Mountain Man

September 19th, 2012
7:42 am

Another in a long line of failed and poorly thought out initiatives in Cobb County. They are the king of Ready, Fire, Aim! (laptops, school calendar)

Mountain Man

September 19th, 2012
7:44 am

“Why not simply use the rack? Cheaper, saves time, and you get 100% confession rate!”

I like the water method instead – throw the teachers in the water – if they drown, then they were innocent and are absolved. If they survive, they are guilty and are burned at the stake. It worked really well with witches – how many witches do you see nowadays?

Mortimer Collins

September 19th, 2012
7:57 am

Public sector employees are known for their resorting to telling lies, half-truths, concealments, misrepresentations, ommissions etc.

Polygraphs for these employees can only help!

Mortimer Collins

September 19th, 2012
7:58 am

“It worked really well with witches – how many witches do you see nowadays?”

Little known fact. Many bridges are made from wood/witches.

Fred ™

September 19th, 2012
8:06 am

jd

September 19th, 2012
8:09 am

I am so glad we have Republicans running things… Their business sense is just so awesome. Unfortunately, most seem to be experienced only with a Fool’s business!

Dr. John Trotter

September 19th, 2012
8:12 am

Remember that Cobb County was the home of the Leo Frank lynching. An unconscionable act. We know that we ought not be held responsible for the acitons of our ancestors, but I mention this to remind us that Cobb County has never been a paragon of civil liberties, to say the least.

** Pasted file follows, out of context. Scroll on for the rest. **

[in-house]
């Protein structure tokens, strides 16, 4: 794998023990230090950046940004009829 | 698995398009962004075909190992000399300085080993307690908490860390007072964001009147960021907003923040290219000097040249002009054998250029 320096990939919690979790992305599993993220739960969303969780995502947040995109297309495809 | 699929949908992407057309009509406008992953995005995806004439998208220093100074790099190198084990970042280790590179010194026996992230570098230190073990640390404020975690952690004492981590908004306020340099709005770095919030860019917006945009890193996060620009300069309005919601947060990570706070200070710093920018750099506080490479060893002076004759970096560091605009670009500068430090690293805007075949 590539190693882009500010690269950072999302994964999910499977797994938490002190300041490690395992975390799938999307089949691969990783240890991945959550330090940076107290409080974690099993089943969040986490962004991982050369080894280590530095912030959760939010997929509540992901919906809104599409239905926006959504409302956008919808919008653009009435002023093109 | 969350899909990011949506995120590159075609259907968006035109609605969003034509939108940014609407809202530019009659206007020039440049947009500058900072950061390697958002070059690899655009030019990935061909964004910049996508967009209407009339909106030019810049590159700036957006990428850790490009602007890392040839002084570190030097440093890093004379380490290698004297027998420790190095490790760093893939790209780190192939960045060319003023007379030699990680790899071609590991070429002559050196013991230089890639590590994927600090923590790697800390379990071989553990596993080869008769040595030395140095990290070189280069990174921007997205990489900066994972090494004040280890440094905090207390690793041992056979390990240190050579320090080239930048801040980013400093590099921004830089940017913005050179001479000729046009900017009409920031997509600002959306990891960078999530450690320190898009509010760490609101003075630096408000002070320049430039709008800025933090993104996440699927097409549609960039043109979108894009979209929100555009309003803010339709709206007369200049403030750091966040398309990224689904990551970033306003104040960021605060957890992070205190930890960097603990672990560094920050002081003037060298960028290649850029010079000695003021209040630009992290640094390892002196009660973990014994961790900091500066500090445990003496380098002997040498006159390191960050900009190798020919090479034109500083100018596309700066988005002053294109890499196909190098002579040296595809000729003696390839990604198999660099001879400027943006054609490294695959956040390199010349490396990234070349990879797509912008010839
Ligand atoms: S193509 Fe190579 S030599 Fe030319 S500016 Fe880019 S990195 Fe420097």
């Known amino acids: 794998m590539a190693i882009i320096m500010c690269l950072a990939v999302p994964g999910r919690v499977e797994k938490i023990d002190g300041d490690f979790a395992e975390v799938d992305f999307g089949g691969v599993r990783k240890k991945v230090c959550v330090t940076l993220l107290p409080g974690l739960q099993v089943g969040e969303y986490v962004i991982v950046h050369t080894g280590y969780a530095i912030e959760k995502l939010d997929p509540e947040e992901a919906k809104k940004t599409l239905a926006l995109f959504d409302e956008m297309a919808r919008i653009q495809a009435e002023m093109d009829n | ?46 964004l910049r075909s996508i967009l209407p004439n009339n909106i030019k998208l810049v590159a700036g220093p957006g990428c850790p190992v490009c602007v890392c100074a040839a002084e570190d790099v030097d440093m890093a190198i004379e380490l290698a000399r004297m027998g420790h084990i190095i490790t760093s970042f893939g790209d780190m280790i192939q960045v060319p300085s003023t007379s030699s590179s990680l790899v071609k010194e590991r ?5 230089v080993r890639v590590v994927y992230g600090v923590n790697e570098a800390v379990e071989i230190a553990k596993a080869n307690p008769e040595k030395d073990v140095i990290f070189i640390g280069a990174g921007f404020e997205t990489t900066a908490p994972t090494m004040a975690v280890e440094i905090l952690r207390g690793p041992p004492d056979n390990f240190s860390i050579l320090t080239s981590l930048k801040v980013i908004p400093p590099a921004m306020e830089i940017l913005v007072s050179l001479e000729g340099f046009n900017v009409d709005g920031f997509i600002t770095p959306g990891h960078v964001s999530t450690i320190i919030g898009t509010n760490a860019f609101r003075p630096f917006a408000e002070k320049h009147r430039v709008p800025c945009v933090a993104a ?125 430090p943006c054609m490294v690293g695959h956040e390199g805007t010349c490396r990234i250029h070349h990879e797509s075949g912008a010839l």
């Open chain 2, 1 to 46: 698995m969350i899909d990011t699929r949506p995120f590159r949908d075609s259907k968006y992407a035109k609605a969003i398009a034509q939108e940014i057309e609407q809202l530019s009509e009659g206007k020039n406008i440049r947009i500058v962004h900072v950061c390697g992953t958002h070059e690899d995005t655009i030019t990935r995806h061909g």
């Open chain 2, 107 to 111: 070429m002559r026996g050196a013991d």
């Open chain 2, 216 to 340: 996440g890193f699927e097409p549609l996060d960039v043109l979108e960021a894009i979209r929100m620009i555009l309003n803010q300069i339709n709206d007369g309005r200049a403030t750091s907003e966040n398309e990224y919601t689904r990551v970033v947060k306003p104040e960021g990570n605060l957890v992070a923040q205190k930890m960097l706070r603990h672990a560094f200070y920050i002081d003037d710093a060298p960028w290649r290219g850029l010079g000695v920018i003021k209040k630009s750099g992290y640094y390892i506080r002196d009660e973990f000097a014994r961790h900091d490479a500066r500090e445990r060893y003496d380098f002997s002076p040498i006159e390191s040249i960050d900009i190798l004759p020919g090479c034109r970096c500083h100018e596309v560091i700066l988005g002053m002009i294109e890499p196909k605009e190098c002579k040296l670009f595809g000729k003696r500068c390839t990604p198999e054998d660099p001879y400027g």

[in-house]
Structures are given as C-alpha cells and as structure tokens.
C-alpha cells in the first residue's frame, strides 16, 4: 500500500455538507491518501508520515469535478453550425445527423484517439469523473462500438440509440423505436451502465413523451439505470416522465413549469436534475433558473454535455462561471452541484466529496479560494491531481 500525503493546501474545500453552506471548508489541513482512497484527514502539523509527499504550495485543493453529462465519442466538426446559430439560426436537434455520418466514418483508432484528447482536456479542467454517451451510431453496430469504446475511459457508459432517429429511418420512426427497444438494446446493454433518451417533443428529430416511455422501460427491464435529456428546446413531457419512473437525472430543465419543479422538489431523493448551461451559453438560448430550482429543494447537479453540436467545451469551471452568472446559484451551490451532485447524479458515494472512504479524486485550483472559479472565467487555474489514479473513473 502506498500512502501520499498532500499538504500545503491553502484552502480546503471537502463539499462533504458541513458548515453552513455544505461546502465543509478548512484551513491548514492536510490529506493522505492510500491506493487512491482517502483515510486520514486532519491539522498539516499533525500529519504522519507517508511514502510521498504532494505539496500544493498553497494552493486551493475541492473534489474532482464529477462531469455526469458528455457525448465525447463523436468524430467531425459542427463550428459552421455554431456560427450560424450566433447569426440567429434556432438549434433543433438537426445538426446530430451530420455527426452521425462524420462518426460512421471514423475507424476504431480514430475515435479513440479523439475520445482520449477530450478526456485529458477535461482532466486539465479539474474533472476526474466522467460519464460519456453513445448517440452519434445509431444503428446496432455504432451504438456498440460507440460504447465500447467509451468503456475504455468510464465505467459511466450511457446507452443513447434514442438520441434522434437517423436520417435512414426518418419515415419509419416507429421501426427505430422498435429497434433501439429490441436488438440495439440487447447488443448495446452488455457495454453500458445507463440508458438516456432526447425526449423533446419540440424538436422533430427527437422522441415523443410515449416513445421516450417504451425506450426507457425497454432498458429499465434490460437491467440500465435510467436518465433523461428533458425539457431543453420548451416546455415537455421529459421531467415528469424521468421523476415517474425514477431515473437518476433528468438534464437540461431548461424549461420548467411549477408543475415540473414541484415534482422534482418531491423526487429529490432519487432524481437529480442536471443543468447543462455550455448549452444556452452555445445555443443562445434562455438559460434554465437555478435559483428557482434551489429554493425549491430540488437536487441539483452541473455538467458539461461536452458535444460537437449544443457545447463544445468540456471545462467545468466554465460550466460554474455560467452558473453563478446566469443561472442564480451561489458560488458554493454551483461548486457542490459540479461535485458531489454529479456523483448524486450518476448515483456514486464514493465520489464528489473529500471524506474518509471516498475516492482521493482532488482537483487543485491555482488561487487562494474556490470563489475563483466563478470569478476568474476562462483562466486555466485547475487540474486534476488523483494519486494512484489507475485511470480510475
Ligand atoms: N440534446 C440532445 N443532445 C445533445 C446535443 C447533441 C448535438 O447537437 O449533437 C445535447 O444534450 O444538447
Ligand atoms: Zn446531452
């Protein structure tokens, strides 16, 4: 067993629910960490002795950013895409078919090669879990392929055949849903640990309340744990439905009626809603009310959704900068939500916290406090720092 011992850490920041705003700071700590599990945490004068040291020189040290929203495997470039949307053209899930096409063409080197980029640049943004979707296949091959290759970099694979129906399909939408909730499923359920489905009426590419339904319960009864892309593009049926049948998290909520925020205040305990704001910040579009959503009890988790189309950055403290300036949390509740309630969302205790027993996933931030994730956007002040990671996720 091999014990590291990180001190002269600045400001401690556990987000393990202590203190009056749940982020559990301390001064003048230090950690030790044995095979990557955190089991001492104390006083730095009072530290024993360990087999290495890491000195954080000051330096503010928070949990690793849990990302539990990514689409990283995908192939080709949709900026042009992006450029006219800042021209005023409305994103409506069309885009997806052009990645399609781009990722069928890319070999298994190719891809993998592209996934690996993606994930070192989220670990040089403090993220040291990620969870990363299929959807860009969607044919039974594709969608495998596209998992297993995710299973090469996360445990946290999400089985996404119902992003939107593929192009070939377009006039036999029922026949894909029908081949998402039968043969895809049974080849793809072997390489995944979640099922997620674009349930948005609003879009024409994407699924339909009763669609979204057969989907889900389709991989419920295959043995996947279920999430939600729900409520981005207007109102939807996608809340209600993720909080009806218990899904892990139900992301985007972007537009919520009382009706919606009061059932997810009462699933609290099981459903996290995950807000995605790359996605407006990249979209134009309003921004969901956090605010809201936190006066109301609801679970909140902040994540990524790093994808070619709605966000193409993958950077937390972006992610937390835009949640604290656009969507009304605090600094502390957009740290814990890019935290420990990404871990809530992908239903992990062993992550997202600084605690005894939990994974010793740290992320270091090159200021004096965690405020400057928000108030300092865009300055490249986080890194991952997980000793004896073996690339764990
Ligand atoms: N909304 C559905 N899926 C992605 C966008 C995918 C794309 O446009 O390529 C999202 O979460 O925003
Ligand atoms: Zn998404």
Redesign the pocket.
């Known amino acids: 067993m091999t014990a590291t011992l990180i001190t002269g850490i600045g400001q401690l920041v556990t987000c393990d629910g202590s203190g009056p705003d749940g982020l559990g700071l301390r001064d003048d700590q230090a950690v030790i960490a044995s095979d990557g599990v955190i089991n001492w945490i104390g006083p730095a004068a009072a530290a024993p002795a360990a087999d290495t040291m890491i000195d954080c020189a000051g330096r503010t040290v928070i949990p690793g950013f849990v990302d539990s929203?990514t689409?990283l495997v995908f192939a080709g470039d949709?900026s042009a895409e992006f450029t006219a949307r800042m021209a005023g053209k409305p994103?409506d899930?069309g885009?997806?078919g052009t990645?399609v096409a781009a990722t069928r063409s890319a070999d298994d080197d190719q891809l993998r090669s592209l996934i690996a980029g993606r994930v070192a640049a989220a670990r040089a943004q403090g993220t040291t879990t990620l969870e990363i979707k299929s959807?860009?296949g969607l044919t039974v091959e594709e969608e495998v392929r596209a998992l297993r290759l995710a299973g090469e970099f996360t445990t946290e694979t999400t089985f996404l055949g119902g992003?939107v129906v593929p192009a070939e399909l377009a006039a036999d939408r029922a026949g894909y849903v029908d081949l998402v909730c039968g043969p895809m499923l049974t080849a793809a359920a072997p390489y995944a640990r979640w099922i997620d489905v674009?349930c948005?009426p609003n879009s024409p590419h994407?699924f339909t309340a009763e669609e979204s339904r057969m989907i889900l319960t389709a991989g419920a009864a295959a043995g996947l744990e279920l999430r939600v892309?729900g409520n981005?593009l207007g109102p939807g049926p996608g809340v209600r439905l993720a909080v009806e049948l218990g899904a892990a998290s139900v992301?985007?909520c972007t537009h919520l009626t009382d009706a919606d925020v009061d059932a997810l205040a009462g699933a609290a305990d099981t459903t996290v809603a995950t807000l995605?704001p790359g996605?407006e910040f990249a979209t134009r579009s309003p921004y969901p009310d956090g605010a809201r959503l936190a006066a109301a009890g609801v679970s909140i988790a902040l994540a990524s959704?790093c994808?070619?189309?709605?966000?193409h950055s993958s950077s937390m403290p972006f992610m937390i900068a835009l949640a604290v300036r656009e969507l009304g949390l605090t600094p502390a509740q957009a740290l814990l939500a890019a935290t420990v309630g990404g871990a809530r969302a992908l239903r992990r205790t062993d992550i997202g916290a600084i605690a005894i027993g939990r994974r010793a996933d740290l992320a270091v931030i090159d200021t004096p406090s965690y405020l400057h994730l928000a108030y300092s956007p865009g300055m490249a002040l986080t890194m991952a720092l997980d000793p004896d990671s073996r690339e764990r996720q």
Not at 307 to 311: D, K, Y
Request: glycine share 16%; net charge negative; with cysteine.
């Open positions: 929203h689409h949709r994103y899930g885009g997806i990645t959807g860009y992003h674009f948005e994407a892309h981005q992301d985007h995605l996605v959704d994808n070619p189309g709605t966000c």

bluegrog

September 19th, 2012
8:19 am

Why waste time with polygraphs? Let’s just waterboard them!

My goodness we have lost our everloving minds. Wait… can we use the polygraphs on the school board?

wow

September 19th, 2012
8:21 am

And we wonder why there are teacher unions in other states.

Just wow.

Lee

September 19th, 2012
8:26 am

I don’t like getting “the call” to go pee in a cup for some “random” drug test, but I do if I want to keep my job. And if they told me I had to take a polygraph to keep my job, I would do that as well. I also don’t like sitting in traffic for endless hours in my daily commute, but I do it every day.

Bottom line, we do a lot of things that we do not like in order to keep the job that supports our families.

mystery poster

September 19th, 2012
8:26 am

Thanks for the laughs this morning, everyone :-)

Lee

September 19th, 2012
8:29 am

You just have to smile and remember two adages:

“He who signs the check gets to make the rules.”

and

“The Boss may not always be right, but he is always the Boss.”

NONPC

September 19th, 2012
8:41 am

Polygraphs detect emotional unease. They do NOT detect lies. They are not admissible as evidence in a court of law. They are flawed pseudoscience. They have no business in dispute resolution in public schools.

William Casey

September 19th, 2012
9:13 am

@LEE: Did you by any chance serve in the Waffen SS?

Monroe

September 19th, 2012
9:14 am

Ridiculous. A lawsuit waiting to happen.

Tuckergirl

September 19th, 2012
9:23 am